Encyclopedia of Astrobiology

2015 Edition
| Editors: Muriel Gargaud, William M. Irvine, Ricardo Amils, Henderson James (Jim) CleavesII, Daniele L. Pinti, José Cernicharo Quintanilla, Daniel Rouan, Tilman Spohn, Stéphane Tirard, Michel Viso

Astronomical Data

  • Muriel Gargaud
  • William M. Irvine
  • Daniel Rouan
  • José Cernicharo Quintanilla
Reference work entry
DOI: https://doi.org/10.1007/978-3-662-44185-5_5069

Units and General Data

Distance units

Astronomical unit (AU)

1.495 978 707 00 × 1011 m

206 264.8 AU

1 parsec (pc)

3.085 677 6 × 1016 m

3.261 563 8 light-years

1 light-year

9.460730 × 1015 m

6.324 × 104 AU

Time units

1 sidereal day

23 h 56 mn 04.098 s (average time)

1 tropical year

365.2422 average solar days

1 sidereal year

365.2564 average solar days

Accessible universe

Number of galaxies

1011

Hubble parameter

70.6 km/s/Mpc = 2.2 × 10−18 s−1

Age

13.7 Gyr

Dark energy content

68.3 %

Dark matter content

26.8 %

Baryonic matter content

4.9 %

Our Milky Way galaxy

Number of stars

∼1011

Diameter

∼1021 m

Baryonic mass (stars + gas)

∼5 1010 MSun ∼ (1041 kg)

Dark matter mass (up to virial radius)

∼1012 MSun ∼ (2 1042 kg)

Distance of the Sun to the galactic center

2.4 1020 m (=8 kpc)

Sun

Radius

6.955 08 × 108 m

Mass

1.9891 × 1030 kg

Solar luminosity

3.845(8) × 1026 W

Core temperature

1.557 × 107 K

Core pressure

2.334 × 1016 Pa

Photosphere temperature

5,780 K

Corona temperature

2–3 × 106 K

Average...

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References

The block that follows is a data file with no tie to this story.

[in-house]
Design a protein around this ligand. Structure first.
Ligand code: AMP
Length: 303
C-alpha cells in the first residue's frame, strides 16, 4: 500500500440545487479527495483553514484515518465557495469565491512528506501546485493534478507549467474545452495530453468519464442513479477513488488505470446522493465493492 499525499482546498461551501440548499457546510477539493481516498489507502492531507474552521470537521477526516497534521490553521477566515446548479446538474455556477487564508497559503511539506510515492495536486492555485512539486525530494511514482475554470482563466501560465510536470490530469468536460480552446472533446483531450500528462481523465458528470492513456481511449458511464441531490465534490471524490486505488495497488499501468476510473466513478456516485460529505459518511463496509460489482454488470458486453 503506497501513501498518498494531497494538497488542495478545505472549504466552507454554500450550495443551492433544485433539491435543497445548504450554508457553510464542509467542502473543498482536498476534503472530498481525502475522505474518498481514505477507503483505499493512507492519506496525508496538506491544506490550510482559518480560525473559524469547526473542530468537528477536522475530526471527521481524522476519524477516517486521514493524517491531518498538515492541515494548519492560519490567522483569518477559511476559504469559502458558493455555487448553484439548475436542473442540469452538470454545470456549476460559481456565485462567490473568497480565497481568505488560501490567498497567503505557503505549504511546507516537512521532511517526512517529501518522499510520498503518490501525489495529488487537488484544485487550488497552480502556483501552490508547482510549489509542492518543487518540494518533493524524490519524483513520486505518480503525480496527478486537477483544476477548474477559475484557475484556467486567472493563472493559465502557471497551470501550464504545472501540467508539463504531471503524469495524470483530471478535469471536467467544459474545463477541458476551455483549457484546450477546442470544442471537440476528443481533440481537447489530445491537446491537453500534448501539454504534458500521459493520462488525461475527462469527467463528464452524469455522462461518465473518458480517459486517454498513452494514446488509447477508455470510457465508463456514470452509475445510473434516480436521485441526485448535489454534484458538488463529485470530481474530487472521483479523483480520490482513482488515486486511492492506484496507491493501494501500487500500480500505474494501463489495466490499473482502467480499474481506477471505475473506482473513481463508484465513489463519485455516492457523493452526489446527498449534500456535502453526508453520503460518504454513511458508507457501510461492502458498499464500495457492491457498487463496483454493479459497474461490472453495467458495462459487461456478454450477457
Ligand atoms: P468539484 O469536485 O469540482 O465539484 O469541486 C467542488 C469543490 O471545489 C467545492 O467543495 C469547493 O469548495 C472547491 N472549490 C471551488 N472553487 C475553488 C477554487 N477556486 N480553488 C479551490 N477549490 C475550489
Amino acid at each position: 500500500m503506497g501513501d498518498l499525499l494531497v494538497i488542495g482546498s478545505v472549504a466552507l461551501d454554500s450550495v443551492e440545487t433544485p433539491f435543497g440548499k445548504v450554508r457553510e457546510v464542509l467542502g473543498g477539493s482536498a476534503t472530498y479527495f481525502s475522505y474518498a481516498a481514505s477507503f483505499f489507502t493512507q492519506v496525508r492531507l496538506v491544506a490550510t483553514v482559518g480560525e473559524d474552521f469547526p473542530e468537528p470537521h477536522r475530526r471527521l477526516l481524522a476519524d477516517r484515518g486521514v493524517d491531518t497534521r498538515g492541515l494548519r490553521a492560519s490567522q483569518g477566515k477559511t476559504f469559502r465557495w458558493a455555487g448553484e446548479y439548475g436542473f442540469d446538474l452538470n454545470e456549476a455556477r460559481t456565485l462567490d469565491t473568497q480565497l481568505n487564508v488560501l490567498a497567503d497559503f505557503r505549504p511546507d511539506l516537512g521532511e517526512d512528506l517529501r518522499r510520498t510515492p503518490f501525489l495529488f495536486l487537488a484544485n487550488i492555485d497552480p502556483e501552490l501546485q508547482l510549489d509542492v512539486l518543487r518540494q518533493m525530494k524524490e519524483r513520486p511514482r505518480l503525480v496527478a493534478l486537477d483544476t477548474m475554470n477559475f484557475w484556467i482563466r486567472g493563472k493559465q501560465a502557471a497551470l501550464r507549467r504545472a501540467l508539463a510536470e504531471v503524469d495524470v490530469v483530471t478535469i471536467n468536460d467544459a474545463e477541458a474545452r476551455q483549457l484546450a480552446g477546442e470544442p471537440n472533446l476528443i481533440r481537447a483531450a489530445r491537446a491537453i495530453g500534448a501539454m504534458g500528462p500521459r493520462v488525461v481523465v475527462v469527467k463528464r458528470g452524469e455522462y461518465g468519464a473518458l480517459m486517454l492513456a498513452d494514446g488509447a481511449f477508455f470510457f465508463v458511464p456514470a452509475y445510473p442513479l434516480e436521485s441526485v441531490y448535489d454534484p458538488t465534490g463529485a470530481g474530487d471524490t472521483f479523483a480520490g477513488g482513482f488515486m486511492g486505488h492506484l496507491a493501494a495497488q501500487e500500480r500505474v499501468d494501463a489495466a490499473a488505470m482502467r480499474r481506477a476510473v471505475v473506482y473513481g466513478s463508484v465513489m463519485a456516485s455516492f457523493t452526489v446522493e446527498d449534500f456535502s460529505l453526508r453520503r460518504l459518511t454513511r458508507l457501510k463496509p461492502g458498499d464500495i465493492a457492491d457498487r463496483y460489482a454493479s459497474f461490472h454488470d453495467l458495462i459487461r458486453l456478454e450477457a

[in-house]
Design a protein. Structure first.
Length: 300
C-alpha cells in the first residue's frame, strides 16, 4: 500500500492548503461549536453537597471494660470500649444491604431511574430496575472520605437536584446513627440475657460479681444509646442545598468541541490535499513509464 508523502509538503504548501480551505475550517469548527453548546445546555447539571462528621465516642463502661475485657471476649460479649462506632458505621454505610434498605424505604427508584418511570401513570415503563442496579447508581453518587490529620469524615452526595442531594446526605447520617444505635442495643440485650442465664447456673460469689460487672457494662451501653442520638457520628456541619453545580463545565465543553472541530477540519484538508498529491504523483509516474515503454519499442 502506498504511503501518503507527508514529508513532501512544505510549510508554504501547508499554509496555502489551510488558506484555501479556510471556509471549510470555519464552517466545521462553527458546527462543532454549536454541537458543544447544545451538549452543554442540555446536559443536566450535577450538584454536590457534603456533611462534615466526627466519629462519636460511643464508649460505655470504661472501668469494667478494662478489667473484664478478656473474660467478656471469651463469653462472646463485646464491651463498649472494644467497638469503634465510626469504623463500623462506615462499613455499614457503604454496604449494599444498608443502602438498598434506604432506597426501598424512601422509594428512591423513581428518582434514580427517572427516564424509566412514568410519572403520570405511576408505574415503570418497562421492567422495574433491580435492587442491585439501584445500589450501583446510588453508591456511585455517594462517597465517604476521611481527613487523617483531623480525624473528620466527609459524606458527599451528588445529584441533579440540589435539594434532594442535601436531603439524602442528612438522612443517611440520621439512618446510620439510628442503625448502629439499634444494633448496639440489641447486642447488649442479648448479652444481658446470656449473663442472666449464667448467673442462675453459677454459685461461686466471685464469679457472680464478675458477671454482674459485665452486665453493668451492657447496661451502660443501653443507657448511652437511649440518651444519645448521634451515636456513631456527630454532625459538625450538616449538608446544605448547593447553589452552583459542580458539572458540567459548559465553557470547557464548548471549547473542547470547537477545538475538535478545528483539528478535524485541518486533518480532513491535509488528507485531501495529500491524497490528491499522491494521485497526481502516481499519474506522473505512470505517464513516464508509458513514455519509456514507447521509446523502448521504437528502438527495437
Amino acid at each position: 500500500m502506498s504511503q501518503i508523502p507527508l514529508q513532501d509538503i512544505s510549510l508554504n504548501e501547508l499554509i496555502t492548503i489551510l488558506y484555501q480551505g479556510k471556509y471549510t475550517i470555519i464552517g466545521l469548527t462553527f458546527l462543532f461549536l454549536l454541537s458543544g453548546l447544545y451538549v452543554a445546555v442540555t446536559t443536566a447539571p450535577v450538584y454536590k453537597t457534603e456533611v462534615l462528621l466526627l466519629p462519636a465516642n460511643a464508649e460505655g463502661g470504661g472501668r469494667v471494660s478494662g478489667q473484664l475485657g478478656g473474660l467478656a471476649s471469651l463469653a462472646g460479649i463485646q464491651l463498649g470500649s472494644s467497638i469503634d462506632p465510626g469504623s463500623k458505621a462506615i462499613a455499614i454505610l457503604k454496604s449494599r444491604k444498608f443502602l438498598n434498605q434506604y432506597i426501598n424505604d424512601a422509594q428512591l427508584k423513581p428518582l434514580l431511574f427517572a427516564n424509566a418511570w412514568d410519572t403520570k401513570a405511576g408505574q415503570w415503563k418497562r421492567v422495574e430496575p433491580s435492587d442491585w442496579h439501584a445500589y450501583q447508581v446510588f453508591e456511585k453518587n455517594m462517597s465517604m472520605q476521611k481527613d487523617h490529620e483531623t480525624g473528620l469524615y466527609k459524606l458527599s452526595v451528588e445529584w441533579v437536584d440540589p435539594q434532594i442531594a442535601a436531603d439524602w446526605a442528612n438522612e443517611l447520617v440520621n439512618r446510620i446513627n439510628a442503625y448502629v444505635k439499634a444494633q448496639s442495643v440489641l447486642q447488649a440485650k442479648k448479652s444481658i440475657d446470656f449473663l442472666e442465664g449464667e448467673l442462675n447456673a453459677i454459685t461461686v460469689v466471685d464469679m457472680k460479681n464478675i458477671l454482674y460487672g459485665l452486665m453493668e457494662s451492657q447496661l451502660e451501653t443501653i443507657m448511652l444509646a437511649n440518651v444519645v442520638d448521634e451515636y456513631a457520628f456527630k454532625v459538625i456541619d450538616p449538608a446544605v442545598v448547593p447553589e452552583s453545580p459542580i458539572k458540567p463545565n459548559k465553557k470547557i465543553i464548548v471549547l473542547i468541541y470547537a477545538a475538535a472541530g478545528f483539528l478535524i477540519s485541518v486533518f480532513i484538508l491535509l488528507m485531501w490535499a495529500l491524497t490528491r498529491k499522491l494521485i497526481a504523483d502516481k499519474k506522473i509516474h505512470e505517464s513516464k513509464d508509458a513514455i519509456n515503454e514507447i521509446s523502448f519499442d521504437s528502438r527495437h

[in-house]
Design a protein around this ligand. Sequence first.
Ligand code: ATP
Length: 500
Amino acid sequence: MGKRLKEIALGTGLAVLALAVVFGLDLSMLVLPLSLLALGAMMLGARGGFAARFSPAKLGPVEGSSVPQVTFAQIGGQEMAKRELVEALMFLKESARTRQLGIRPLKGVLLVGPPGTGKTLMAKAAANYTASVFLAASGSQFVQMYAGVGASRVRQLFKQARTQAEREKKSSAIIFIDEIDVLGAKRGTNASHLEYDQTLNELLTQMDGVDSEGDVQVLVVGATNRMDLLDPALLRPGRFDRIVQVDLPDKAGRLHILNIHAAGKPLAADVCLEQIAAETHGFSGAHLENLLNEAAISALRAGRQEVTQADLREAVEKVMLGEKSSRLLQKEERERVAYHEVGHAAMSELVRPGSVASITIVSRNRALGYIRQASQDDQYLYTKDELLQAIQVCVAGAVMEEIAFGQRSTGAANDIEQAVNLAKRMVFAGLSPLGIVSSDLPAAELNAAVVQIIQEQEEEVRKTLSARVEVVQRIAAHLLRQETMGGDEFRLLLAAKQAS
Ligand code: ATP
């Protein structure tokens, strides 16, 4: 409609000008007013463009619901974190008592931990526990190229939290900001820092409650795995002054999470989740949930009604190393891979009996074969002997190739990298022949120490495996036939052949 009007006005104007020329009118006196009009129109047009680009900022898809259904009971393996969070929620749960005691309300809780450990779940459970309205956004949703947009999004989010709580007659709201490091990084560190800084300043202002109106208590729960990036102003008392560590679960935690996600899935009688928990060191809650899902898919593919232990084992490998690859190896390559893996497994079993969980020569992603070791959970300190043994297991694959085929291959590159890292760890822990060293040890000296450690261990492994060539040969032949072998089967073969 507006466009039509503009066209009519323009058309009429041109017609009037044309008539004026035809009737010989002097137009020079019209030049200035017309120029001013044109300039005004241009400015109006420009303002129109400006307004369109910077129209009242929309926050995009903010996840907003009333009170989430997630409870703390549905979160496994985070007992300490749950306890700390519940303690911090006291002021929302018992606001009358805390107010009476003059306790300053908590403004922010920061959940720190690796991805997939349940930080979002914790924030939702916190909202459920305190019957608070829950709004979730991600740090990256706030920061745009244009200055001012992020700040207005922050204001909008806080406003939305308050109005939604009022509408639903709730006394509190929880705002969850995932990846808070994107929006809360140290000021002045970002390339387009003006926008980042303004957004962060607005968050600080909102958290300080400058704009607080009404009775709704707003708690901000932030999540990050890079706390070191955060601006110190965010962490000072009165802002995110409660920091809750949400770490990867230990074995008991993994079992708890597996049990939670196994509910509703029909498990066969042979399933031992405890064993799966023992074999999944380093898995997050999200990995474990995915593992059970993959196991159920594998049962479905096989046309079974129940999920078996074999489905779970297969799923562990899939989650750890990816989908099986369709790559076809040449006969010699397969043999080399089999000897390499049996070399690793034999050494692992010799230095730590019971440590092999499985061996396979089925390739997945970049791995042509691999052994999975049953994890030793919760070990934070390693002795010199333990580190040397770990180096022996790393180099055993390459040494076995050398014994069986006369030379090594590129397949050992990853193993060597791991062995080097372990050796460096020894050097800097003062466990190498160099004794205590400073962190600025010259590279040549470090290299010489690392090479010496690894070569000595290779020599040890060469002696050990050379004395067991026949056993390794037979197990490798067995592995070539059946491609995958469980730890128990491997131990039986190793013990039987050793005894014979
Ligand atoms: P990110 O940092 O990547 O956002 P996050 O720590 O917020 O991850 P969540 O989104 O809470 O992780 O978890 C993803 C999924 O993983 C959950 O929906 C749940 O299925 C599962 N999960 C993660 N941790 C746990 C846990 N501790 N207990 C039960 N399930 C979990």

Astronomical References

  1. Anders E, Grevesse N (1989) Abundances of the elements: meteoritic and solar. Geochim Cosmochim Acta 53:197–214CrossRefADSGoogle Scholar
  2. Cox AN (ed) (2000) Allen’s astrophysical quantities. Springer, New YorkGoogle Scholar
  3. EDP Sciences (1998) Introduction aux éphémérides astronomiquesGoogle Scholar
  4. Lide DR (2001/2002) Handbook of chemistry and physics, 82nd edn. CRC Press, Boca RatonGoogle Scholar
  5. Mc Fadden LA, Weissman PR, Johnson TV (2007) Encyclopedia of the solar system, 2nd edn. Academic, New YorkGoogle Scholar
  6. McDonough WF (1998) Earth’s core. In: Marshall CP, Fairbridge RW (eds) Encyclopedia of geochemistry. Kluwer, Dordrecht, pp 151–156CrossRefGoogle Scholar
  7. McDonough WF, Sun S-S (1995) Composition of the Earth. Chem Geol 120:223–253CrossRefGoogle Scholar
  8. McDonough WF, Sun S-S, Ringwood AE, Jagoutz E, Hofmann AW (1992) Potassium, rubidium, and cesium in the Earth and Moon and the evolution of the mantle of the Earth. Geochim Cosmochim Acta 56(3):1001–1012CrossRefADSGoogle Scholar
  9. Rudnick RL, Fountain DM (1995) Nature and composition of the continental crust: a lower crustal perspective. Rev Geophys 33:267–309CrossRefADSGoogle Scholar
  10. Rudnick RL, Gao S (2003) The composition of the continental crust. In: Rudnick RL (ed) The crust treatise on geochemistry. Elsevier-Pergamon, Oxford, pp 1–64CrossRefGoogle Scholar
  11. Taylor SR, McLennan SM (1985) The continental crust: its composition and evolution. Blackwell, Oxford, p 312Google Scholar

Copyright information

© Springer-Verlag Berlin Heidelberg 2015

Authors and Affiliations

  • Muriel Gargaud
    • 1
  • William M. Irvine
    • 2
  • Daniel Rouan
    • 1
  • José Cernicharo Quintanilla
    • 2
  1. 1.LESIAObservatoire Paris-Site de MeudonMeudonFrance
  2. 2.Department of AstrophysicsLaboratory of Molecular AstrophysicsIorrejón de Ardoz, MadridSpain